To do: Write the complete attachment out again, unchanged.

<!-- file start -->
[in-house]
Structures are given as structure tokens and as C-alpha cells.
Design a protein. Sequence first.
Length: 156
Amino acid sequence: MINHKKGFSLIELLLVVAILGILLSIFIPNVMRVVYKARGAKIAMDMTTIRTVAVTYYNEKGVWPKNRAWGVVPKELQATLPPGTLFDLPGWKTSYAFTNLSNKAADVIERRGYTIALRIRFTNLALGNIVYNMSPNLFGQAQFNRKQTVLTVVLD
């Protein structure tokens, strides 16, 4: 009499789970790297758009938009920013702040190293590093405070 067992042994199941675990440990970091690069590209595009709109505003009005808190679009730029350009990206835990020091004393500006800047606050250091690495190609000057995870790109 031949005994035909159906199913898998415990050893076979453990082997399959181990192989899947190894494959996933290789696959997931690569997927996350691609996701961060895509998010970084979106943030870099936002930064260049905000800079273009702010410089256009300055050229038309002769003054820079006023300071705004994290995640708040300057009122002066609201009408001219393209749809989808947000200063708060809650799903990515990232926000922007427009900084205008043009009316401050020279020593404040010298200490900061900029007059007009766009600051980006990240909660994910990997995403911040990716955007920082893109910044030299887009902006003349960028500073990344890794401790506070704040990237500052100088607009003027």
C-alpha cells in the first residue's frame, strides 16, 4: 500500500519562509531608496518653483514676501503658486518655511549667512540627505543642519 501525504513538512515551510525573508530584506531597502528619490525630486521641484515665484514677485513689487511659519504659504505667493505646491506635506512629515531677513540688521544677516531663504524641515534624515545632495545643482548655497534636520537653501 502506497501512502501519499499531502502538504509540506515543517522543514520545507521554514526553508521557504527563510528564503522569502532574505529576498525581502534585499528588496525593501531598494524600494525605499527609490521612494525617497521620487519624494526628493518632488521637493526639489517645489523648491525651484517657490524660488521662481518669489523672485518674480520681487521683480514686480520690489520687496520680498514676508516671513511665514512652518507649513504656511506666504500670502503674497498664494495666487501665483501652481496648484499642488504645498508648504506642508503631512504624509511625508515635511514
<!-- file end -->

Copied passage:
[in-house]
Structures are given as structure tokens and as C-alpha cells.
Design a protein. Sequence first.
Length: 156
Amino acid sequence: MINHKKGFSLIELLLVVAILGILLSIFIPNVMRVVYKARGAKIAMDMTTIRTVAVTYYNEKGVWPKNRAWGVVPKELQATLPPGTLFDLPGWKTSYAFTNLSNKAADVIERRGYTIALRIRFTNLALGNIVYNMSPNLFGQAQFNRKQTVLTVVLD
């Protein structure tokens, strides 16, 4: 009499789970790297758009938009920013702040190293590093405070 067992042994199941675990440990970091690069590209595009709109505003009005808190679009730029350009990206835990020091004393500006800047606050250091690495190609000057995870790109 031949005994035909159906199913898998415990050893076979453990082997399959181990192989899947190894494959996933290789696959997931690569997927996350691609996701961060895509998010970084979106943030870099936002930064260049905000800079273009702010410089256009300055050229038309002769003054820079006023300071705004994290995640708040300057009122002066609201009408001219393209749809989808947000200063708060809650799903990515990232926000922007427009900084205008043009009316401050020279020593404040010298200490900061900029007059007009766009600051980006990240909660994910990997995403911040990716955007920082893109910044030299887009902006003349960028500073990344890794401790506070704040990237500052100088607009003027």
C-alpha cells in the first residue's frame, strides 16, 4: 500500500519562509531608496518653483514676501503658486518655511549667512540627505543642519 501525504513538512515551510525573508530584506531597502528619490525630486521641484515665484514677485513689487511659519504659504505667493505646491506635506512629515531677513540688521544677516531663504524641515534624515545632495545643482548655497534636520537653501 502506497501512502501519499499531502502538504509540506515543517522543514520545507521554514526553508521557504527563510528564503522569502532574505529576498525581502534585499528588496525593501531598494524600494525605499527609490521612494525617497521620487519624494526628493518632488521637493526639489517645489523648491525651484517657490524660488521662481518669489523672485518674480520681487521683480514686480520690489520687496520680498514676508516671513511665514512652518507649513504656511506666504500670502503674497498664494495666487501665483501652481496648484499642488504645498508648504506642508503631512504624509511625508515635511514